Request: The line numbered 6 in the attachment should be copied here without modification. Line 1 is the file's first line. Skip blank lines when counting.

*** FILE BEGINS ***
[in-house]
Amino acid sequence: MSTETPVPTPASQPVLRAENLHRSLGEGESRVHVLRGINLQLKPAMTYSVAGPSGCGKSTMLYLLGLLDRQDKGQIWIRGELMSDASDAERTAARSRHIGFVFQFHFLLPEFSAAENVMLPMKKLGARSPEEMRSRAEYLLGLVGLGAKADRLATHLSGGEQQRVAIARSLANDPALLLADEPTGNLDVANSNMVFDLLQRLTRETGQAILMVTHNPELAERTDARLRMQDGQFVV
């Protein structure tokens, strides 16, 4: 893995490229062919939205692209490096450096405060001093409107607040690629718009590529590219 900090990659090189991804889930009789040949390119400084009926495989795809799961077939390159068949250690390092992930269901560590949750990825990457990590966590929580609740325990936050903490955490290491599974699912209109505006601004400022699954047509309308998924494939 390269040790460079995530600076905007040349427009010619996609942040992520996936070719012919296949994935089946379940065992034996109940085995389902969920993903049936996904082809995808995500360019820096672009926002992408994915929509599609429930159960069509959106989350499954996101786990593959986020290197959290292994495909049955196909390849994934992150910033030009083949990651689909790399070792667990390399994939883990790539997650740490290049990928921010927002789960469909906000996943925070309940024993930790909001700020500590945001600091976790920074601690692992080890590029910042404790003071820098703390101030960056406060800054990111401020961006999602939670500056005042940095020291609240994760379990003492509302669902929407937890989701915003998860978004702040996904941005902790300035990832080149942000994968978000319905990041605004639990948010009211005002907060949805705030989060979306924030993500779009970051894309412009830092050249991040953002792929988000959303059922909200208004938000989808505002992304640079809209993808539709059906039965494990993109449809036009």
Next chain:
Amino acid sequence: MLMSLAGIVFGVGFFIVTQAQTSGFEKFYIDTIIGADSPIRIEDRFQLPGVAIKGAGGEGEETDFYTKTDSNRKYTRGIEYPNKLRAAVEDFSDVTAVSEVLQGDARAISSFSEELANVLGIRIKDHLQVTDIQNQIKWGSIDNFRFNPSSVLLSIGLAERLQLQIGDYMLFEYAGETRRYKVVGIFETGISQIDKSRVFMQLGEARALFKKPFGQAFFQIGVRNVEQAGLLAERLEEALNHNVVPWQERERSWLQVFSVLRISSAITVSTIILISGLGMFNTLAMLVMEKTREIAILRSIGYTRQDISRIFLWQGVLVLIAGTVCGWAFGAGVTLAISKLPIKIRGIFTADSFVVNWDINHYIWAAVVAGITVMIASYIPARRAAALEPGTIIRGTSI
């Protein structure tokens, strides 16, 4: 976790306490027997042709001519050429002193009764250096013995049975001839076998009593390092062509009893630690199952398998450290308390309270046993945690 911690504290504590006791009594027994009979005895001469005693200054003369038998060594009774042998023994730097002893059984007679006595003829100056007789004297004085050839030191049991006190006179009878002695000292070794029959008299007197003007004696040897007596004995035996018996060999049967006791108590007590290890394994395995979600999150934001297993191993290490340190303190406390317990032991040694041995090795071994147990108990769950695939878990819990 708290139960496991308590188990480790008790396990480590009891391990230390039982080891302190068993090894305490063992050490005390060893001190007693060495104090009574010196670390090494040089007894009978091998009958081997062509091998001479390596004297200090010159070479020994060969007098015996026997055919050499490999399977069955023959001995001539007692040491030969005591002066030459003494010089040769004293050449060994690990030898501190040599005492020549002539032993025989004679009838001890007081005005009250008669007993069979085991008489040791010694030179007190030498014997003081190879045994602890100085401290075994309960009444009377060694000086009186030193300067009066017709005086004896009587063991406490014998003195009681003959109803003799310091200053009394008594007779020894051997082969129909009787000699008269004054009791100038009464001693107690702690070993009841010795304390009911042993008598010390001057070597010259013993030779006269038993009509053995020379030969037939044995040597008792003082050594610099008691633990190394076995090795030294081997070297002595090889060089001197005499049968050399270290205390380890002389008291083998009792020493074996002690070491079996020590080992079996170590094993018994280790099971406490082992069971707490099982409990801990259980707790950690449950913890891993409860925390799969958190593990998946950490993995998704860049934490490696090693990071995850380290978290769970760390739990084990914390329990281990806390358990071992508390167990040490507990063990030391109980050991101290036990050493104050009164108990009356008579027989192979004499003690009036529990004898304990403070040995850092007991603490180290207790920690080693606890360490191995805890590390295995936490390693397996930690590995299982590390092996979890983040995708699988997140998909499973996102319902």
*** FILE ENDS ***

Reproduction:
């Protein structure tokens, strides 16, 4: 976790306490027997042709001519050429002193009764250096013995049975001839076998009593390092062509009893630690199952398998450290308390309270046993945690 911690504290504590006791009594027994009979005895001469005693200054003369038998060594009774042998023994730097002893059984007679006595003829100056007789004297004085050839030191049991006190006179009878002695000292070794029959008299007197003007004696040897007596004995035996018996060999049967006791108590007590290890394994395995979600999150934001297993191993290490340190303190406390317990032991040694041995090795071994147990108990769950695939878990819990 708290139960496991308590188990480790008790396990480590009891391990230390039982080891302190068993090894305490063992050490005390060893001190007693060495104090009574010196670390090494040089007894009978091998009958081997062509091998001479390596004297200090010159070479020994060969007098015996026997055919050499490999399977069955023959001995001539007692040491030969005591002066030459003494010089040769004293050449060994690990030898501190040599005492020549002539032993025989004679009838001890007081005005009250008669007993069979085991008489040791010694030179007190030498014997003081190879045994602890100085401290075994309960009444009377060694000086009186030193300067009066017709005086004896009587063991406490014998003195009681003959109803003799310091200053009394008594007779020894051997082969129909009787000699008269004054009791100038009464001693107690702690070993009841010795304390009911042993008598010390001057070597010259013993030779006269038993009509053995020379030969037939044995040597008792003082050594610099008691633990190394076995090795030294081997070297002595090889060089001197005499049968050399270290205390380890002389008291083998009792020493074996002690070491079996020590080992079996170590094993018994280790099971406490082992069971707490099982409990801990259980707790950690449950913890891993409860925390799969958190593990998946950490993995998704860049934490490696090693990071995850380290978290769970760390739990084990914390329990281990806390358990071992508390167990040490507990063990030391109980050991101290036990050493104050009164108990009356008579027989192979004499003690009036529990004898304990403070040995850092007991603490180290207790920690080693606890360490191995805890590390295995936490390693397996930690590995299982590390092996979890983040995708699988997140998909499973996102319902």